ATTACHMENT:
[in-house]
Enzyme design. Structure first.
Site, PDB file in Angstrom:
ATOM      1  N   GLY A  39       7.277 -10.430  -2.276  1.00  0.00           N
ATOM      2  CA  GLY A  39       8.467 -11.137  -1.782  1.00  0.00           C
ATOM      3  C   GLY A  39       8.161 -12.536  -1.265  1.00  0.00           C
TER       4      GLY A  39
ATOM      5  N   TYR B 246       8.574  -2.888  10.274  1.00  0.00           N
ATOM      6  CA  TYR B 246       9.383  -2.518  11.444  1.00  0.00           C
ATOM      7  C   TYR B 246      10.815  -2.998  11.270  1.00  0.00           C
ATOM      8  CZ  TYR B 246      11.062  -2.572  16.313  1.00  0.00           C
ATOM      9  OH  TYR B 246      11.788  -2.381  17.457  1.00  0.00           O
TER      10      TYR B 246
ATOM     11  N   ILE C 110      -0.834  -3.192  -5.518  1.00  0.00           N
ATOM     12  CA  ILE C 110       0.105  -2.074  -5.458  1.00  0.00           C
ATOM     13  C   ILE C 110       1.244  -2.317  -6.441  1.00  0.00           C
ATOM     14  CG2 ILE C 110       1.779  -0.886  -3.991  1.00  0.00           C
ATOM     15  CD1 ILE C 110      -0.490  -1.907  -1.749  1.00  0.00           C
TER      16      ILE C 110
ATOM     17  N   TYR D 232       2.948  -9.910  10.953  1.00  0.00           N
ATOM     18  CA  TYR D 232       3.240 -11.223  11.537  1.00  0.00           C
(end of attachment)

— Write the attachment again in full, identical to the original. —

[in-house]
Enzyme design. Structure first.
Site, PDB file in Angstrom:
ATOM      1  N   GLY A  39       7.277 -10.430  -2.276  1.00  0.00           N
ATOM      2  CA  GLY A  39       8.467 -11.137  -1.782  1.00  0.00           C
ATOM      3  C   GLY A  39       8.161 -12.536  -1.265  1.00  0.00           C
TER       4      GLY A  39
ATOM      5  N   TYR B 246       8.574  -2.888  10.274  1.00  0.00           N
ATOM      6  CA  TYR B 246       9.383  -2.518  11.444  1.00  0.00           C
ATOM      7  C   TYR B 246      10.815  -2.998  11.270  1.00  0.00           C
ATOM      8  CZ  TYR B 246      11.062  -2.572  16.313  1.00  0.00           C
ATOM      9  OH  TYR B 246      11.788  -2.381  17.457  1.00  0.00           O
TER      10      TYR B 246
ATOM     11  N   ILE C 110      -0.834  -3.192  -5.518  1.00  0.00           N
ATOM     12  CA  ILE C 110       0.105  -2.074  -5.458  1.00  0.00           C
ATOM     13  C   ILE C 110       1.244  -2.317  -6.441  1.00  0.00           C
ATOM     14  CG2 ILE C 110       1.779  -0.886  -3.991  1.00  0.00           C
ATOM     15  CD1 ILE C 110      -0.490  -1.907  -1.749  1.00  0.00           C
TER      16      ILE C 110
ATOM     17  N   TYR D 232       2.948  -9.910  10.953  1.00  0.00           N
ATOM     18  CA  TYR D 232       3.240 -11.223  11.537  1.00  0.00           C